The owners, Eglantina and Francisco, are proud of the produce of the region and their hotel is a reflection of that. It’s evolved through seven family generations and it took 10 years (it opened in 2008) to create what is today Companhia das Culturas.
There are nine uniquely decorated rooms, four apartments with kitchenettes, two swimming pools, a gorgeous hammam and plenty of spaces to hangout.
Every object in the hotel has been recycled and restored with the use of local materials. The furniture, therefore, is an interesting mix of different periods and styles and the result is both unique and beautiful.
A wholesome organic breakfast with homemade, seasonal and local produce, including eggs straight from the coop!
Laze by the pool or by the sea - the nearest beach is 1.5km away.
The Corkbox, a yoga cork-lined room which resembles an art installation.
Complimentary yoga classes.
Seafood lovers will enjoy the local and super fresh specialities such as oysters, razor clams and tuna.
Bear in Mind
There are no TV’s anywhere (makes perfect sense).
Wifi is available in the communal areas. You might get some signal in your room.
Service is low key but that’s part of the charm.
Wild cats often wander around – they’re small and harmless (do not feed them, though).
The hotel is closed during the winter but they might be able to accommodate for big groups.
“This farmhouse had belonged to the family for seven generations. It was important for us to respect the heritage.”
This is a redevelopment of a farmhouse that has belonged to the family for seven generations. It used to be an urban centre that once housed workers and that served to store and transform agricultural products. With the dismantling of traditional agriculture at the beginning of the 1980s, we needed to give it a new direction.
A long time. The first phase took ten years, it was a stage during which we had to understand the place, the ecosystem, and also the available financing options to keep from resorting to loans, we worked on the basis of how much we could afford and invest by ourselves.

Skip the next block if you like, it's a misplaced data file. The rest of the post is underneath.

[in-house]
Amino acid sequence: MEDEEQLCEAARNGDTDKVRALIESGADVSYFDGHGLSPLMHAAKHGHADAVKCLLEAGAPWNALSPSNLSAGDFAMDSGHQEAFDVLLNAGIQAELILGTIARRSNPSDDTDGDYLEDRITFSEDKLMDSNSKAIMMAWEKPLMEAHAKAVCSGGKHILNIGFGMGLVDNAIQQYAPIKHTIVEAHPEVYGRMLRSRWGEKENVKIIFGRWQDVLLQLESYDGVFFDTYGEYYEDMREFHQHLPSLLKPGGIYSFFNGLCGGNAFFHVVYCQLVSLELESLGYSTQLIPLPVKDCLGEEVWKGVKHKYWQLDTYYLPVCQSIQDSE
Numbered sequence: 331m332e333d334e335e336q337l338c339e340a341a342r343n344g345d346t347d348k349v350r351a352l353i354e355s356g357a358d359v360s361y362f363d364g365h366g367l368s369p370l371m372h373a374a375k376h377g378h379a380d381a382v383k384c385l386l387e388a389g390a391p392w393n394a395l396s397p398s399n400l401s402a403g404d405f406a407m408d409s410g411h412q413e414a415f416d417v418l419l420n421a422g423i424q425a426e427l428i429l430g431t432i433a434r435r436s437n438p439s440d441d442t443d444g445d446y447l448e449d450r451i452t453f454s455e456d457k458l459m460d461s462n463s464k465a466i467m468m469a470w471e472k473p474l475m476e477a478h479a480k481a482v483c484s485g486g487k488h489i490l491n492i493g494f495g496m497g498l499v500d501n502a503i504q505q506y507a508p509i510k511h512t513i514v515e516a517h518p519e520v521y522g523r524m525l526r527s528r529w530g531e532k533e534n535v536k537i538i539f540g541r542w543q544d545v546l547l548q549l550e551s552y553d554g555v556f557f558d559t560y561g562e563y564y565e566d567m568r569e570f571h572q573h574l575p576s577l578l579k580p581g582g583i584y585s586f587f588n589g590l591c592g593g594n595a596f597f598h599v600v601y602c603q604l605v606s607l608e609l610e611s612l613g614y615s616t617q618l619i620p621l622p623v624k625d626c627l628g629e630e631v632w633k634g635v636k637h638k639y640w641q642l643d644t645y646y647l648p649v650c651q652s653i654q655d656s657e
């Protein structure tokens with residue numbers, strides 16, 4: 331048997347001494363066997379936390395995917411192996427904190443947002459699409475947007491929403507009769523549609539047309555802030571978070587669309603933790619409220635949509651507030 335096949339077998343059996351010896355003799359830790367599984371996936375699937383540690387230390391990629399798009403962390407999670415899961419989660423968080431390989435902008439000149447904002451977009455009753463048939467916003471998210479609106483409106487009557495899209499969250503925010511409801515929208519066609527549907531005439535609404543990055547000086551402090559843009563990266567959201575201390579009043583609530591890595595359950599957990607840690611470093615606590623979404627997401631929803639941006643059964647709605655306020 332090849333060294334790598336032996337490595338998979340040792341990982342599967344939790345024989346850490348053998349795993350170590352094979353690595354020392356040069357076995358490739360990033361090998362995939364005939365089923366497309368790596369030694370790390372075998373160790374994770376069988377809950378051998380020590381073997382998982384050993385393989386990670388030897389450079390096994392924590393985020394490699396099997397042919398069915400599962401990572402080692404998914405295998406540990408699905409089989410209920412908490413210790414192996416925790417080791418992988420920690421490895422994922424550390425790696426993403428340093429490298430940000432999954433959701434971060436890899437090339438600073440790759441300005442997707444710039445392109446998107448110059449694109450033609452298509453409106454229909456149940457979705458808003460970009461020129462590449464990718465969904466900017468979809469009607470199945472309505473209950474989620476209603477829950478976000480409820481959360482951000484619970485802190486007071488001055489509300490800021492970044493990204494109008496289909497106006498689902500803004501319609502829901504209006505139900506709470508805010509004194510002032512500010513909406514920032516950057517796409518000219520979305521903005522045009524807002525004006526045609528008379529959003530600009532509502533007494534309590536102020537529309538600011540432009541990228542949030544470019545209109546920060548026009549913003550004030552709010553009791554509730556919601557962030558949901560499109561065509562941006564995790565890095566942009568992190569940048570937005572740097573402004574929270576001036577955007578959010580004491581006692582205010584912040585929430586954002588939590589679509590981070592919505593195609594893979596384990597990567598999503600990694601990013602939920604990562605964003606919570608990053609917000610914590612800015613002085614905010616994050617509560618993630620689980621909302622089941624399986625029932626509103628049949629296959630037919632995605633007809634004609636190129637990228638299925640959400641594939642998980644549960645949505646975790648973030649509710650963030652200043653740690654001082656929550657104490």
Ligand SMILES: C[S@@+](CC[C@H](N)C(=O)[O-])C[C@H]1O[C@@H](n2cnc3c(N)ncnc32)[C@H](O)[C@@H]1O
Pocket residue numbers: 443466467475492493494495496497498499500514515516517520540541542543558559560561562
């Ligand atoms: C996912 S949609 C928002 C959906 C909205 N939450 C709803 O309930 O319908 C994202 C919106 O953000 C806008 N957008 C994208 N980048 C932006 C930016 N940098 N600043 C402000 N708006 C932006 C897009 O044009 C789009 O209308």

None. It wasn’t an option, but the answer to the question: what to do with a heritage that we need to take care of? As well as continuing with the agricultural production, especially the organic rain-fed orchard. The hotel was the most logical answer.
It’s called the “chã” architecture which can be found in the region. Since its construction, in the mid eighteenth century until now, it has undergone several interventions resulting in influences from different periods.
Additions, such as the needs of agricultural activity, which resulted in new emerging materials and construction techniques. The Modern Style of the late 20s is noticeable – the doorways and high windows, geometric tiles in the main house or the garage for the harvesting machine in the 40s, creates a contrast to the adobe houses of the workers and for storing or for the animals.
The last intervention was done in collaboration with the architect Pedro Ressano Garcia, who worked to adapt what was already here, to the purpose of hosting people.
Each room is a room in itself. One has an adobe wall, another has a part of a stone wall which hasn’t been plastered – each allowing the feel of the multiple layers of time. The window openings are also all different, but all open onto a patio.
There isn’t a corridor, instead there is a labyrinthine courtyard. The lime, the stone, stroked cement, wooden ceilings with a wash of white paint and some objects made of cork are the most used materials.
A coffee table which is now in the communal living room, an old olive oil mill with a glass… I like it because it’s weird, it’s crazy. Also, in the living room there is a massive mirror which is on the floor against the wall and a cabinet with wood on the outside and sheet metal on the inside – it’s vaguely weird too.